Love the idea of living in a tiny house? You and the rest of the world! But before you purge all of your belongings and sell your regular-size place, you’d better get a bit more acquainted with what’s involved with buying an itty-bitty abode. Let’s take a look.
What is a tiny house?
The typical home in America is 2,600 square feet. In order to be officially considered “tiny,” a house has to be 400 square feet or less (excluding lofts), according to the International Code Council.
Important to note: Some tiny homes are set onto foundations, just like traditional houses, while others are on wheels and can be moved anywhere you have the space to move them.
How much does a tiny house cost?
Tiny homes typically don’t cost as much as a regular ones, but that doesn’t mean they’re cheap: If you hire a builder to erect one from scratch, you should be prepared to shell out as much as $125,000, “depending on the size of the home, customization options, and off-the-grid options like water tanks, solar panels, and generators,” says Brian Hawkins, founder and CEO of Tiny House Movement.
If you want to reduce costs, you can try building your tiny house yourself (or at least parts of it), which can bring costs down to below $50,000.
How do you finance a tiny house?
“If the home is on a foundation, you can use a traditional lender just like any other home,” Hawkins explains. But securing financing for a tiny home isn’t as straightforward as some buyers might expect.
While traditional lenders are willing to loan hundreds of thousands for a sizable home, they’re often reluctant to lend to tiny-home buyers. The problem is the appraisal: Unless you live in an area with an abundance of tiny homes, there aren’t usually enough comparable properties nearby for the appraiser to determine the house’s value. No appraisal, no loan.
If you’re committed to tiny-home living and curious about financing alternatives, you have a few options:
- A personal loan: Tiny homes on wheels are considered personal property, which may relegate you to a personal unsecured loan (a regular home mortgage, on the other hand, is a secured loan where you provide your house as collateral if you default on paying it back). The downside with personal loans is it is likely to have higher rates and shorter terms.
- An RV loan: Some forward-thinking lenders like LightStream (a division of SunTrust) are designing their RV loans to be easy for tiny-house buyers to get. Certain tiny-house builders (e.g., Tumbleweed) build their homes to meet all of the criteria for an RV loan and have a financing option built into their buying process.
- Crowdfunding: Because the tiny-house trend has attracted so much attention, there are networks of people willing to pool their money to invest in financing for them, according to Ethan Waldmanof TheTinyHouse.net. Here’s more on how to finance a tiny house.
Where can you put a tiny house?
Tiny homes are in a gray area when it comes to zoning, according to Shawn Breyer, owner of Breyer Home Buyers, in Suwanee, GA.
To start, you’ll need to start by calling your planning or zoning department to ask about local ordinances: Are there any restrictions on areas where you’re thinking of building? How are tiny homes zoned, and where are tiny homes allowed?
Some areas are more tiny-home-friendly than others. Certain communities (e.g., Philadelphia and Florida’s Sarasota County) have no size restrictions for tiny houses as long as they meet building codes for safety. Other jurisdictions (e.g., Colorado’s El Paso County) have adopted new legislation to allow tiny homes wherever mobile homes are allowed.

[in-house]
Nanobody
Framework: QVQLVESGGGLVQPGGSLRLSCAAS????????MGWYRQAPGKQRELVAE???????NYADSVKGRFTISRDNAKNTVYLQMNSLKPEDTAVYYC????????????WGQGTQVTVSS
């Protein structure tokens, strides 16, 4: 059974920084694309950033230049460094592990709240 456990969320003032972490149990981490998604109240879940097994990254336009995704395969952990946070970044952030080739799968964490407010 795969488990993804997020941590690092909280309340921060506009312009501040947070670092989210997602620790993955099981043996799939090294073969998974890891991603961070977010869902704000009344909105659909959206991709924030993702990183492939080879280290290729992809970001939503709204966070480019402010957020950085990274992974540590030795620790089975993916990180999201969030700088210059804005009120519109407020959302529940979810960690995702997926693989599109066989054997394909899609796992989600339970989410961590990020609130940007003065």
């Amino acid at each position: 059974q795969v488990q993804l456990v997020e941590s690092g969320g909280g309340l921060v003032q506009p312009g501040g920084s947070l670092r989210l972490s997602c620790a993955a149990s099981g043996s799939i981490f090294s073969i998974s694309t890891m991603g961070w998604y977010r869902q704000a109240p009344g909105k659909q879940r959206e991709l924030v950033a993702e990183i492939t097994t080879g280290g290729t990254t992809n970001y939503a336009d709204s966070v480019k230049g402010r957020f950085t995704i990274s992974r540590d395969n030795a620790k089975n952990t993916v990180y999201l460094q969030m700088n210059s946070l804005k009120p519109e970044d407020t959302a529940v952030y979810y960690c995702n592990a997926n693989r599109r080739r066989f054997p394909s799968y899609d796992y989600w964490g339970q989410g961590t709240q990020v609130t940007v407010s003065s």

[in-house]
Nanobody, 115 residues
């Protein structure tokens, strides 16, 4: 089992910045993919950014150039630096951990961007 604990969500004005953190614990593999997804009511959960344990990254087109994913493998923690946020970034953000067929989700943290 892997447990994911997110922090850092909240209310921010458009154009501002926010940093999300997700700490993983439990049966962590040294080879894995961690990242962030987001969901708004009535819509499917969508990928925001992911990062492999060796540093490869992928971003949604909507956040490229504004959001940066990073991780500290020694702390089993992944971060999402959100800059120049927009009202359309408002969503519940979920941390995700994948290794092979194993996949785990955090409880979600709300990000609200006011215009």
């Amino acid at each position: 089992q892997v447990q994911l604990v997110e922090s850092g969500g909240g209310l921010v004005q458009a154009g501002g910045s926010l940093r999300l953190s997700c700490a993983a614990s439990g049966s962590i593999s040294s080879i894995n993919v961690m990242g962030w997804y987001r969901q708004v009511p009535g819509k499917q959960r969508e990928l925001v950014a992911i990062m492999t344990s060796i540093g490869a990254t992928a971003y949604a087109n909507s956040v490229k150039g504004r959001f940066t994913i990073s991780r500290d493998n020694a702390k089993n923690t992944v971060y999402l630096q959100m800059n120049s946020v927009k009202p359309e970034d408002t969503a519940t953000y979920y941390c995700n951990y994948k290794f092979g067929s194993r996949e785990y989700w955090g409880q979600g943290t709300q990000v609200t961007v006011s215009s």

Here’s more on where to build a tiny house.
Tiny house vs. ADU: What’s the difference?
Certain cities allow tiny houses to be built as accessory dwelling units, or ADUs, which means they can be put on a property that already has a larger residential home. Many cities and counties limit ADUs to 1,200 square feet or less.
“Your zoning department can give you the lowdown, but the path of least resistance will be a neighborhood zoned for ADUs or mother-in-law apartments,” says Breyer.
To find out more info for a particular area, check the national, state, and local regulations compiled by the American Tiny House Association.
Are tiny houses a good investment?
Tiny homes on wheels hold their value very well, says Hawkins, but if you want to be more assured of eventually coming out ahead, you need one with a foundation.
“Those with a foundation are appreciating quicker than the mobile variety right now,” says Hawkins. (Just like a regular residential home, the “real” value lies in the property it sits on.)
Are tiny houses hard to sell?
Not hard, exactly, but you’ll need to be patient.
“Tiny homes are a novelty and are highly niched inventory,” says Breyer.
The handful he’s sold took 37 days longer to move, on average, than normal-size, single-family homes.
Is a tiny house right for you?
There’s plenty of appeal in the idea of tiny-home living, especially for younger couples or empty nesters ready to downsize. But that limited square footage can get tight quickly.
Hawkins says three years is about the average amount of time tiny-home dwellers he knows have chosen to stay in their house. But while they might upgrade to a microhome—say, 600 square feet—they typically don’t move back to a traditionally sized residence.
“I don’t [know] anyone who’s gone back to a regular-sized home after taking the leap to live tiny,” Hawkins says.
Wondering if there are tiny homes for sale in your area? Check out realtor.com’s listings.